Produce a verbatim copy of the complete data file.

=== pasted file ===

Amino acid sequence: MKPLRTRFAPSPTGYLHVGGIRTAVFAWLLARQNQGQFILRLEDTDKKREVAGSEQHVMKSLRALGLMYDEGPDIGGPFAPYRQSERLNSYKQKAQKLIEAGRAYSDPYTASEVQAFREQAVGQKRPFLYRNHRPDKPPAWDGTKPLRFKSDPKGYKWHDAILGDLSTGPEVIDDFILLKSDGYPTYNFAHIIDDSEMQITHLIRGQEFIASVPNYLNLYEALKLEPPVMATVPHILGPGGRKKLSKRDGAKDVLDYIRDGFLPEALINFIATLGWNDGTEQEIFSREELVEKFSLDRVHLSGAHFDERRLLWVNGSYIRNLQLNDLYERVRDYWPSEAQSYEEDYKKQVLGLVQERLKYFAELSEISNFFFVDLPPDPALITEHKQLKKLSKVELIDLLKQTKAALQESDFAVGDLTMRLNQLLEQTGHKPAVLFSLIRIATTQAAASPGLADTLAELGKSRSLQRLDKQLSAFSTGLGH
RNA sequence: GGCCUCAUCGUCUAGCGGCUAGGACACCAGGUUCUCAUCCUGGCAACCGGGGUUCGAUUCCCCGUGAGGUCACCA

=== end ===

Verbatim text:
Amino acid sequence: MKPLRTRFAPSPTGYLHVGGIRTAVFAWLLARQNQGQFILRLEDTDKKREVAGSEQHVMKSLRALGLMYDEGPDIGGPFAPYRQSERLNSYKQKAQKLIEAGRAYSDPYTASEVQAFREQAVGQKRPFLYRNHRPDKPPAWDGTKPLRFKSDPKGYKWHDAILGDLSTGPEVIDDFILLKSDGYPTYNFAHIIDDSEMQITHLIRGQEFIASVPNYLNLYEALKLEPPVMATVPHILGPGGRKKLSKRDGAKDVLDYIRDGFLPEALINFIATLGWNDGTEQEIFSREELVEKFSLDRVHLSGAHFDERRLLWVNGSYIRNLQLNDLYERVRDYWPSEAQSYEEDYKKQVLGLVQERLKYFAELSEISNFFFVDLPPDPALITEHKQLKKLSKVELIDLLKQTKAALQESDFAVGDLTMRLNQLLEQTGHKPAVLFSLIRIATTQAAASPGLADTLAELGKSRSLQRLDKQLSAFSTGLGH
RNA sequence: GGCCUCAUCGUCUAGCGGCUAGGACACCAGGUUCUCAUCCUGGCAACCGGGGUUCGAUUCCCCGUGAGGUCACCA